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30 August 2016 | Online since 2003
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31 August 2012 15:59:07 |Market Reports,News,Slurry and Irrigation

Fertiliser market report - 31st August 2012


Calum Findlay, Gleadell’s fertiliser manager, comments on fertiliser markets:
Urea
After a correction in urea prices over the past few weeks, recent tenders have elevated the market once again. Globally, the urea market is unsure on which direction to take, however, last week saw Pakistan buy 300,000mt, and today sees another Indian urea tender.
Whilst quantities are unknown, it is understood that they have over a million tonnes still to buy. The outcome could be a decider on which way the market will steer over the next few months, and many traders believe that the prices today will determine the levels to be seen until the end of the year. In Europe and the UK, activity remains low as harvest continues and buyers sit on the sidelines.
Ammonium Nitrate
Globally, small shipments of AN are being traded into a market that is still very slow and prices have not altered significantly for many weeks. Some producers have factory turnarounds and are reporting that stocks are tightening which will help to support prices once we see the autumn market start to run.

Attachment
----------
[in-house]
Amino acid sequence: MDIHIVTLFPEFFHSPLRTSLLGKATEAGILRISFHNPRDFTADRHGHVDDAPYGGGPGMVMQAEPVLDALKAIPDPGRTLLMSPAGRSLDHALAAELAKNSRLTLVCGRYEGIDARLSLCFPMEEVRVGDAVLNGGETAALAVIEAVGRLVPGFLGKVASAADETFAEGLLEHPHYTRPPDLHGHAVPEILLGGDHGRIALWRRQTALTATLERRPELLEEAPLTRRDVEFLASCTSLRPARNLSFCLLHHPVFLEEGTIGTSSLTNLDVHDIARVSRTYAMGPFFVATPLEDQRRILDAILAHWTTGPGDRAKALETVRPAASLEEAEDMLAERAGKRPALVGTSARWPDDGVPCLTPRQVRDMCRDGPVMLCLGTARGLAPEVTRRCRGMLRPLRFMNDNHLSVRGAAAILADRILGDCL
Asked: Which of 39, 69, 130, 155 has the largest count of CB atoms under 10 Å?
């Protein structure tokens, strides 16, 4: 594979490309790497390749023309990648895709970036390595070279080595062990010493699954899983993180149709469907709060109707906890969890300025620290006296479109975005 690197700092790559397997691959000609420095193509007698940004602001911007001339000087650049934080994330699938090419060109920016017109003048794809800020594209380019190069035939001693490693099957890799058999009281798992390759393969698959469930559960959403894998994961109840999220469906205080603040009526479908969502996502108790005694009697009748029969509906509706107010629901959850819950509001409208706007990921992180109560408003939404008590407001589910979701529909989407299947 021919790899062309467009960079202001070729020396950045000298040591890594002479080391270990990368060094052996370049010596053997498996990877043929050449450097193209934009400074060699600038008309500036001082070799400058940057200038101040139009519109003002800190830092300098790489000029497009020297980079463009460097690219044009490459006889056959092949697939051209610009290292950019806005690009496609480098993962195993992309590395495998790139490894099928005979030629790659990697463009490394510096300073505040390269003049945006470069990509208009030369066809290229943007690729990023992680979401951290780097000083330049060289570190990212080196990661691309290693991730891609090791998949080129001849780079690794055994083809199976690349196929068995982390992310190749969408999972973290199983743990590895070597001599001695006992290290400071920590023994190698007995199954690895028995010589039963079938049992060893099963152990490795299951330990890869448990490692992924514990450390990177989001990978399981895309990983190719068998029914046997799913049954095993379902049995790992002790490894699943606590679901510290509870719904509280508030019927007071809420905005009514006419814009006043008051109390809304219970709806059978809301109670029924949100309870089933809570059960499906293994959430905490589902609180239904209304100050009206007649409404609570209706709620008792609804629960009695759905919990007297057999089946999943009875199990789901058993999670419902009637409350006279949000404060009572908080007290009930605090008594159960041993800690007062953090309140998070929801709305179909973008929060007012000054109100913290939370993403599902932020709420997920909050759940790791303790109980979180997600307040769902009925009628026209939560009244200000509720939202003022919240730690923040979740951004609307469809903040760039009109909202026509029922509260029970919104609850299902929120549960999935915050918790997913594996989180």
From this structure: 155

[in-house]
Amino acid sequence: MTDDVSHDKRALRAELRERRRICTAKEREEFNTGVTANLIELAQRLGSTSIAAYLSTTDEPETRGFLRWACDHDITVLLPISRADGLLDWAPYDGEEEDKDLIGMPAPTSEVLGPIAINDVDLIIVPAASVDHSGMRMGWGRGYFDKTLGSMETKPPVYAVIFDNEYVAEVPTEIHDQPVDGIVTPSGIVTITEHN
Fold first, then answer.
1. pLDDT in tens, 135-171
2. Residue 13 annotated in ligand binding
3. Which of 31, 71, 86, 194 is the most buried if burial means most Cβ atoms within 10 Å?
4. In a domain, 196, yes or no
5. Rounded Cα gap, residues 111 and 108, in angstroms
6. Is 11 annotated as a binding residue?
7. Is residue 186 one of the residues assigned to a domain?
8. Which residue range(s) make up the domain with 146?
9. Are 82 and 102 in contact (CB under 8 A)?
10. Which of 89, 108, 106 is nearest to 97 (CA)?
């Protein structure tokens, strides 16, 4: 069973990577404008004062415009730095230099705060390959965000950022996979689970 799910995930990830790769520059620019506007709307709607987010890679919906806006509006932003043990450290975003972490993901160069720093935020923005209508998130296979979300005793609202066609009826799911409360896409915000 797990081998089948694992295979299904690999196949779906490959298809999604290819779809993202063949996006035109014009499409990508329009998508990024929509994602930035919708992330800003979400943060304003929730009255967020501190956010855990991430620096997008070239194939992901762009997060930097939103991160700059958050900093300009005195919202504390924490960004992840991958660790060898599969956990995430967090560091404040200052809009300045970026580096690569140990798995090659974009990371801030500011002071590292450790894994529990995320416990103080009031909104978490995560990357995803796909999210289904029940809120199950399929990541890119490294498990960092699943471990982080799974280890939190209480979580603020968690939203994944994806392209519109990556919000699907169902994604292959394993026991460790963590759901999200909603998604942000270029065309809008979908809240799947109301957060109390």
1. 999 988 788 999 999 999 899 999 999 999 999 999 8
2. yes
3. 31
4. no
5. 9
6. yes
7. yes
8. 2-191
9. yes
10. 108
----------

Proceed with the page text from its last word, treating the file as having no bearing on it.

In the UK, national prices will rise by £4 per tonne from 1st September but, compared to the price in September 2011, ammonium nitrate still remains approximately £30 lower than last year so remains an excellent buy considering where grain prices are today.
Phosphates
The global phosphates market has remained subdued up until now. There are signs that activity is picking up, and this is likely to increase as we enter September. Pakistan is rumoured to have stepped back into the phosphates market, as demand increases due to replanting to recoup losses following heavy monsoon rains. In Europe, the market remains slow, but there are expectations that buying activity will pick up also as we enter September. New shipment prices for September are around similar prices seen today on farm.
Potash
It has been another quiet week for the potash market, as most market participants are on summer or Ramadan holidays. Prices have remained stable with little fresh interest from Europe, however, the confidence from European market participants could be changing. Overall fears that prices could decline have kept buyers cautious this quarter.

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